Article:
NHS Blood and Transplant is offering this testing at no extra cost to hospitals as part of the initiative until end of June 2016. More than 2,500 samples have been received so far, and it is hoped that many more samples from the estimated 15,000 people affected by haemoglobin disorders will be submitted before July. The results are processed centrally by NHS Blood and Transplant at the International Blood Group Reference Laboratory in Filton and securely stored. The results will be accessible to the teams who are involved in the future care of these patients.

Further information for patients can be found at


  • For more information contact Stephen Bailey in the NHS Blood and Transplant Press Office on 0151 268 7017 or via
  • Alternatively contact the press office on 01923 367600 or via
  • For out of hours enquiries please call: 0117 969 2444

Notes to editors

  • NHS Blood and Transplant (NHSBT) is a joint England and Wales Special Health Authority. Its remit includes the provision of a reliable, efficient supply of blood and associated services to the NHS in England and North Wales. It is also the organ and tissue donor organisation for the whole of the UK and is responsible for matching and allocating donated organs and tissues.
  • Antigens are substances on the surface of red blood cells that have the ability to invoke a strong antibody response in individuals lacking the substance.
  • The Rh blood group system is highly complex and there are numerous variant genes which produce altered antigens. By conventional testing (phenotyping) these patients may look like they have the regular antigen so are not given antigen negative blood. However, when they are given the blood with the full antigen they may make antibodies. Some variant RH genes are more common in ethnic minorities that are also affected by haemoglobin disorders.
  • A genotype is an organism's full hereditary information. A phenotype is an organism's actual observed properties. For example a patient might have an 'A positive' blood type - that would be their ABO and RhD phenotype. However their genetic inheritance will contain genes for other blood groups and possibly variant genes - the full set of information would be their genotype.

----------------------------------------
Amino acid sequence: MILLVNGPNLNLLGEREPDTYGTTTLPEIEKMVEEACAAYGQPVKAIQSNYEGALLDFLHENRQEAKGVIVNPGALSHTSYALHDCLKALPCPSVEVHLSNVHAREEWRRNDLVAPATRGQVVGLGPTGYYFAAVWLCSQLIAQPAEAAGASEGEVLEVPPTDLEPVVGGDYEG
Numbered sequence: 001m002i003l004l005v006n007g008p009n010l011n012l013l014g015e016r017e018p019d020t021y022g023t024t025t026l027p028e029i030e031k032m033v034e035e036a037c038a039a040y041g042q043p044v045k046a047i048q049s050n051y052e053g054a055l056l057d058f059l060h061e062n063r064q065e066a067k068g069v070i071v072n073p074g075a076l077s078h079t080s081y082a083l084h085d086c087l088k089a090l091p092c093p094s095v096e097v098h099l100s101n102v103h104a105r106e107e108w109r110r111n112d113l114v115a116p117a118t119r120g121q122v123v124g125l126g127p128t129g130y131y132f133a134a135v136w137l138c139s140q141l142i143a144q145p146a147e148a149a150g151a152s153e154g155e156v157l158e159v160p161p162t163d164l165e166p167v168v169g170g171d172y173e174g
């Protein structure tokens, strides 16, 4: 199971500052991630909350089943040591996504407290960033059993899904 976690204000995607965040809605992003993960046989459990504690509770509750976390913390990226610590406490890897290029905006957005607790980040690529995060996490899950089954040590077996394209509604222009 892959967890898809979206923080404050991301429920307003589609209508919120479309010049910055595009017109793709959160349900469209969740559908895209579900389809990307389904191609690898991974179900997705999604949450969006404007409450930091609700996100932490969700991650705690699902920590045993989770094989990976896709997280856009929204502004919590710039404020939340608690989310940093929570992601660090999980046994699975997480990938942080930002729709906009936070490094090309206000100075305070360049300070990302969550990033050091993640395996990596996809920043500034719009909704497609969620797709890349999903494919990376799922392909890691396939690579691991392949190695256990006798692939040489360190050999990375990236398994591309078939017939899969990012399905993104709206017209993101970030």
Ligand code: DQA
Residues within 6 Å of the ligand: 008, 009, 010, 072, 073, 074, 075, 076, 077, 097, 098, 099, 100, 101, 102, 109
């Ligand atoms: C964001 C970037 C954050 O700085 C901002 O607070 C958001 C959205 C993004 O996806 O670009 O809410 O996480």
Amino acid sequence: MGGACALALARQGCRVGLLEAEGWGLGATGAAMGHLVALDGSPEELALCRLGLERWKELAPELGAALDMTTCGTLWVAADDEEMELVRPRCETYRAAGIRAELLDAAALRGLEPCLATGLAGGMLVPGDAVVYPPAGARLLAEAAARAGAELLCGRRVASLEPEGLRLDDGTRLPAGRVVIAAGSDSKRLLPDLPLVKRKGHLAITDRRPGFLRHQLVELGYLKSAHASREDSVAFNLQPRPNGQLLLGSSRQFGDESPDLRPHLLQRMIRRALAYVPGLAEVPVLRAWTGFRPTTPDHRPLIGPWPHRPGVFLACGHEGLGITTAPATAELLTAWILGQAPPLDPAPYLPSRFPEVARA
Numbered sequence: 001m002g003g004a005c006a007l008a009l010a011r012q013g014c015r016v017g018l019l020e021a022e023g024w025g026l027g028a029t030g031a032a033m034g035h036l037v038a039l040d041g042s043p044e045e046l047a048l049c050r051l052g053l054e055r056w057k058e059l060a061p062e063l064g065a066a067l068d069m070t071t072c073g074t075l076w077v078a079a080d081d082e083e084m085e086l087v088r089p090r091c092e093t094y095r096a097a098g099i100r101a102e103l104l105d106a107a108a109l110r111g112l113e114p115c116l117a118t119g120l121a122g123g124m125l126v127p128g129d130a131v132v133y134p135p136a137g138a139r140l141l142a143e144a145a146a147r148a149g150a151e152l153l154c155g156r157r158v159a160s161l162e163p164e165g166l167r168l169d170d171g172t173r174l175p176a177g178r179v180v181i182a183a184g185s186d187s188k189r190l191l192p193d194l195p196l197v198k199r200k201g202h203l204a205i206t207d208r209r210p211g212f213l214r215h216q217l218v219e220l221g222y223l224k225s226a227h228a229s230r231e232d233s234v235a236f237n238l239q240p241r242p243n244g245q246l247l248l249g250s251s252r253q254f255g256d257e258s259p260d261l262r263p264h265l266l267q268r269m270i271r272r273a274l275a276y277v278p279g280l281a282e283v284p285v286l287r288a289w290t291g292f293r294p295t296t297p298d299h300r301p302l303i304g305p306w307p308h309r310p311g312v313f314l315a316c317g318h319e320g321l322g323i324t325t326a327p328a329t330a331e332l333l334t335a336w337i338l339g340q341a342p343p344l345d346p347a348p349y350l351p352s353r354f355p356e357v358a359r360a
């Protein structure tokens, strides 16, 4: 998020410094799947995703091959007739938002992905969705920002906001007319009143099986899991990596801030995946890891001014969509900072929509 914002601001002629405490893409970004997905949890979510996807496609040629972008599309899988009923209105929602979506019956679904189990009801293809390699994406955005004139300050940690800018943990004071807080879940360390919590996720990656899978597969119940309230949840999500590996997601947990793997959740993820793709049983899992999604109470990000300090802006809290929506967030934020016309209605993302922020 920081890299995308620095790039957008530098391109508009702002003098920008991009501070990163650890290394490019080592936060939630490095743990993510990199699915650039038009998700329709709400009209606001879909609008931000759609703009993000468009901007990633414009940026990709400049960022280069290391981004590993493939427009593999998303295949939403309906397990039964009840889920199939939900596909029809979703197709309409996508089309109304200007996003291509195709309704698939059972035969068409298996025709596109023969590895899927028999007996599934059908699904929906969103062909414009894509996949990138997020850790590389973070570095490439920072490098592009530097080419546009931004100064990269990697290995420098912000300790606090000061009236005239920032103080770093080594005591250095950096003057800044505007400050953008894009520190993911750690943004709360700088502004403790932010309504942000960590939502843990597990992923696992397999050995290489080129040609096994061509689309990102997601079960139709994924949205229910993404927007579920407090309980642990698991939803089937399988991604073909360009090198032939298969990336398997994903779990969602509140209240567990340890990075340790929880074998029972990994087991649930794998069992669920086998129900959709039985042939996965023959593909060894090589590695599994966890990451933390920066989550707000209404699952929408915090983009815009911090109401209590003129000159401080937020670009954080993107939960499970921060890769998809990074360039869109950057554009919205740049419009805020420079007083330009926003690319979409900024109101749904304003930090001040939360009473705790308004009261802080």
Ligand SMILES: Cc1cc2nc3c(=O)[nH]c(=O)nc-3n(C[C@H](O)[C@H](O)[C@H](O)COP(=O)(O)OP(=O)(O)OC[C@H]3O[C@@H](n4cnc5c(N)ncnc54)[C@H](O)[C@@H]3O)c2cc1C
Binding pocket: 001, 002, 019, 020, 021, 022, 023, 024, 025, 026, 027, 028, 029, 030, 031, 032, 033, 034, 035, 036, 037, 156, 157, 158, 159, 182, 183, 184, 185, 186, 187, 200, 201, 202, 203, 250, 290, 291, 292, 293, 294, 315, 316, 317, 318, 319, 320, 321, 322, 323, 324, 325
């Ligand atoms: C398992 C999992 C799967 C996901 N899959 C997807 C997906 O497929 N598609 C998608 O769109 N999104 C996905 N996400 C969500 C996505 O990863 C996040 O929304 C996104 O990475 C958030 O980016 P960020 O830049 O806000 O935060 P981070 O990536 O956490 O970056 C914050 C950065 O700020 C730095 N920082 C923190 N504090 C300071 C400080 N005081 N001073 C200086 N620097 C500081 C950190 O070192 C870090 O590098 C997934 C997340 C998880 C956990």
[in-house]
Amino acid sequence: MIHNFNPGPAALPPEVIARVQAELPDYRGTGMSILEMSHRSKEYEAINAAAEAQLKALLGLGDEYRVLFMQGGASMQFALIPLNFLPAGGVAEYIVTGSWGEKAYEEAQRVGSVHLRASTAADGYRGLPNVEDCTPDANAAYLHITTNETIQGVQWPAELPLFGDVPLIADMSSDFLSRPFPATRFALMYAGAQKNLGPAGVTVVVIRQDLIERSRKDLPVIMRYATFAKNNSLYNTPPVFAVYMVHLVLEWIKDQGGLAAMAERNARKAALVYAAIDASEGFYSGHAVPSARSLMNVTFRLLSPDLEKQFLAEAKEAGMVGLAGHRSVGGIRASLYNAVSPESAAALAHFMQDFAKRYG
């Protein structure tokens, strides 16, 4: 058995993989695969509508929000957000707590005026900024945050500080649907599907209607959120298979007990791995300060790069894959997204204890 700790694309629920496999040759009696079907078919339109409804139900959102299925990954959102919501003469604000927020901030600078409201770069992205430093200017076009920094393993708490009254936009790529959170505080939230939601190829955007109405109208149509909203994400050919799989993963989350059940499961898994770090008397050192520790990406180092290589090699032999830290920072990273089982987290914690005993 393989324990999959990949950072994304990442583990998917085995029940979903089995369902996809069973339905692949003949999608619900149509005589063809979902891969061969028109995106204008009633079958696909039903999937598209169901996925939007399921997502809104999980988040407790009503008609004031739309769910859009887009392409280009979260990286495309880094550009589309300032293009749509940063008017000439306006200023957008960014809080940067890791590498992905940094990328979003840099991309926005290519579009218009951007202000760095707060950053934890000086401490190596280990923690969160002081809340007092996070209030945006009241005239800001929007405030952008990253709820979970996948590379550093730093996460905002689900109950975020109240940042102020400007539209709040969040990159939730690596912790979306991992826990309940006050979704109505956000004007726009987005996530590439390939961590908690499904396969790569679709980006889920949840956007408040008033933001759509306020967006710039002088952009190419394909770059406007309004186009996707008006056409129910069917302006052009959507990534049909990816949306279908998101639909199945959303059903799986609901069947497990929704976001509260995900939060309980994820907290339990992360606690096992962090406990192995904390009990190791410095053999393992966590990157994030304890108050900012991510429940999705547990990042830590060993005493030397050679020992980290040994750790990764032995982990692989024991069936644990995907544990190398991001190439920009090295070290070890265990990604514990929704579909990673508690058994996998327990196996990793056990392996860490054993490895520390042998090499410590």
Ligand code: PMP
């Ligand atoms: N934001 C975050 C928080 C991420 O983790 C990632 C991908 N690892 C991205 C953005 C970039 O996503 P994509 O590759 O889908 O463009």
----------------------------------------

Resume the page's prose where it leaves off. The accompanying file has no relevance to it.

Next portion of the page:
• The initiative will routinely test for the RHD and RHCE variants most commonly found in these patient groups. Some of the people previously thought to have autoantibodies may in fact have alloantibodies due to RhD and RhCE variants. It will also test genes for the blood groups: K, k, Kpa, Kpb, Jsa, Jsb, Jka, Jkb, Fya, Fyb, Fy (GATA), M, N, S, s, U, Doa, Dob.
  • Beta thalassaemia major also known as transfusion dependent Thalassaemia is the most common and severe form of the condition. It is thought to affect around 1,000 people in England. In the UK, 8 out of 10 babies born with BTM have parents of Indian, Pakistani or Bangladeshi ancestry. In thalassaemia, haemoglobin production is abnormal, leading to anaemia and a reduced oxygen-carrying capacity. If left untreated, the most serious types of thalassaemia can cause other complications, including organ damage, restricted growth, liver disease, heart failure and death.
  • Sickle cell disease affects between 12,500 and 15,000 people in the UK. Most people affected by sickle cell disease are either of Central and West African or Caribbean descent though there are patients from the Middle East, southern Europe and India. Normal red blood cells are flexible and disc-shaped, but in sickle cell anaemia they can become rigid and shaped like a crescent (or sickle). The abnormal cells are also unable to move around as easily as normal shaped cells and can damage blood vessels, resulting in tissue and organ damage and episodes of severe pain.